In response, Jefferson, then the vice president, secretly wrote the Kentucky Resolutions of 1798. In them he argued that the Alien and Sedition Acts were acts of usurpation — that the Federal government had overstepped its bounds and was exercising powers which belonged to the States.
After all, the 10th Amendment states: “The powers not delegated to the United States by the Constitution, nor prohibited by it to the States, are reserved to the States respectively, or to the people.”
He saw the Constitution not as a document that restrained the people, but as one that restrained the Federal government. And he believed that was a good thing. As an aside: Obama has stated just the opposite. He has said he finds it unfortunate that the Constitution contains the restrictions on Government that it does.
Jefferson corresponded with James Madison (known as the father of the Constitution) about the Kentucky Resolutions and Madison drafted similar Resolutions for Virginia.
Both Kentucky and Virginia adopted the resolutions which essentially said that when the Federal government assumes undelegated powers — those not enumerated in the Constitution — those acts are “unauthoritative, void, and of no force.”
In subsequent years, nullification was employed by the New England states to oppose everything from an embargo on exports to tariffs to military conscriptions to opposition of the fugitive slave act. And nullification continues today.
It was Connecticut Governor Jonathan Trumbull who said in 1809, “Whenever our national legislature is led to overleap the prescribed bounds of their constitutional powers, on the State Legislatures, in great emergencies, devolves the arduous task — it is their right — it becomes their duty, to interpose their protecting shield between the right and liberty of the people, and the assumed power of the General Government.”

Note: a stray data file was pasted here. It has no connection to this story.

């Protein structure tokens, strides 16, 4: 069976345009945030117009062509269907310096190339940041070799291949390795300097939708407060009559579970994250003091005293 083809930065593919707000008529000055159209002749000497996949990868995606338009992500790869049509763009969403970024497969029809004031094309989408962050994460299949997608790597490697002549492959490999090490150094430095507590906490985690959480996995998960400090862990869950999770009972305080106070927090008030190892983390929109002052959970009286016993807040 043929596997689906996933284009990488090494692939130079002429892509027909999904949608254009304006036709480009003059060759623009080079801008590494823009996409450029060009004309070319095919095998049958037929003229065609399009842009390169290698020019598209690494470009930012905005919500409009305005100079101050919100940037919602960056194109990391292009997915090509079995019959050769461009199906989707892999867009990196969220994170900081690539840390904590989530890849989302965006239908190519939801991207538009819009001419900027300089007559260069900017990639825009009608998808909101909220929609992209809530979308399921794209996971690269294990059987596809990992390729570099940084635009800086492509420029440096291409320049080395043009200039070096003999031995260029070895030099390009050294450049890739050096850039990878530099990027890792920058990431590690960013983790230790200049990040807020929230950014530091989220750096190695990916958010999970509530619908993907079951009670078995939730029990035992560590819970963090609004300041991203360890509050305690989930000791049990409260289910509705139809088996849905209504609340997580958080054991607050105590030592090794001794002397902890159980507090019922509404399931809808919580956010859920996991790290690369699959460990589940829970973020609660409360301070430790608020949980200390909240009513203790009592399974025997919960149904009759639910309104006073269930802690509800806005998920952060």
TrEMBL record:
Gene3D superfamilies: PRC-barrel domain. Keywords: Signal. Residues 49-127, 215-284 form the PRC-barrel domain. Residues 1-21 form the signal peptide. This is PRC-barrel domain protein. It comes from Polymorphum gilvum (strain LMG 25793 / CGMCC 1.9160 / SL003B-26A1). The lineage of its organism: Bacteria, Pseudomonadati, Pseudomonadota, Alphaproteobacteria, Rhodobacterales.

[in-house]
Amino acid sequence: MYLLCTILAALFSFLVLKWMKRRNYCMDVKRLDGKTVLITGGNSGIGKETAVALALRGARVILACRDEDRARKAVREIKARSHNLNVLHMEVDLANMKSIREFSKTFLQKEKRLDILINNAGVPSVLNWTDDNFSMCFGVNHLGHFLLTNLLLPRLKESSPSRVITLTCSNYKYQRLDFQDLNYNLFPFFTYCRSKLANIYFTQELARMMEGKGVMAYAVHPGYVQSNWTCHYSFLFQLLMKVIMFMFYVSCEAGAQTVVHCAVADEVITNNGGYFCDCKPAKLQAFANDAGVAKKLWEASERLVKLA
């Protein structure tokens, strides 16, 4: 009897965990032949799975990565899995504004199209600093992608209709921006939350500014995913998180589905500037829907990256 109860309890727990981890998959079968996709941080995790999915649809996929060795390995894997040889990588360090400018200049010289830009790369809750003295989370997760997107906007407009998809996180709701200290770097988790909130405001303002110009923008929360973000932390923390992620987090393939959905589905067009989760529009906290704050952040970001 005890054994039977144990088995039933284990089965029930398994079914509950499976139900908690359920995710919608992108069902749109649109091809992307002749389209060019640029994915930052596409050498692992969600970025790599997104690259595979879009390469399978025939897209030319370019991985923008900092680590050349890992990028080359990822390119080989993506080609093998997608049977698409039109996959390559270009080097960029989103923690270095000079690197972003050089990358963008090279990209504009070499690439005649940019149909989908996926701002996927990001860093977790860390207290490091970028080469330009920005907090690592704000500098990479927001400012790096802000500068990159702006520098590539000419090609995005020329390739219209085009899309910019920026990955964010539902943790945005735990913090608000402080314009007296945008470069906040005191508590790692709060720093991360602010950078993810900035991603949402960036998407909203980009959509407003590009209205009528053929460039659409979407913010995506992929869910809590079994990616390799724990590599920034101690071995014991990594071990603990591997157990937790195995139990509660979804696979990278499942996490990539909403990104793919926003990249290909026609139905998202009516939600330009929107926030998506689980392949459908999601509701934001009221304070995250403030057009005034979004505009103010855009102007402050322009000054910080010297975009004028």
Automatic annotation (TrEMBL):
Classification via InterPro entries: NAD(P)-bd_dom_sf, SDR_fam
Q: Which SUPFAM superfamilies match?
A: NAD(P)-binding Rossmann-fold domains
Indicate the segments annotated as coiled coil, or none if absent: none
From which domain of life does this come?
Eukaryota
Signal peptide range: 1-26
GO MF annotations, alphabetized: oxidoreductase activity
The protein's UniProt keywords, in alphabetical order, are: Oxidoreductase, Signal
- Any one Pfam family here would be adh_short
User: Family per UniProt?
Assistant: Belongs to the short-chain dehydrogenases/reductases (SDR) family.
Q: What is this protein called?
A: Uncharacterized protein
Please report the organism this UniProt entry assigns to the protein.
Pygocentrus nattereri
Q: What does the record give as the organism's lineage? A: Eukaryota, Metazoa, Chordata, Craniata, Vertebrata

And nullification continues today, as evident by California’s defiance of Federal drug laws, laws that restrict Federal law enforcement agencies from making arrests without first informing local sheriffs and measures passed by States that exempt firearms and ammunition from Federal oversight as long as it is sold in-state.
Yes, rogue U.S. Supreme Courts have ruled that Federal law supersedes State law. But that is because Supreme Court justices are employees of the Federal government — just as Congresspeople are employees of the Federal government — and they have long shown a proclivity to rule in favor of more government. They have become the despotic judicial oligarchy Jefferson feared when he wrote, “You seem… to consider the judges as the ultimate arbiters of all constitutional questions; a very dangerous doctrine indeed, and one which would place us under the despotism of an oligarchy.”
Finally, the idea that “There’s nothing in the Constitution to suggest that the states are superior to the federal government” completely disregards the 10th Amendment — an amendment as important to those approving the original Constitution as the other nine.
Many went to the polls in November seeking to remove progressives from Congress. And in many cases, the effort was a successful first step in slowing the growing leviathan of Marxism that has pervaded both the Democrat and Republican parties. Unfortunately, the idea that the Federal government is supreme is too entrenched throughout the three branches of government and the populace to depend on elections as the final remedy.
Nullification of unConstitutional laws, and a return to the Constitution and the America envisioned by the Founders, is the only way for Americans to take their government back. And it’s got to happen one state at a time.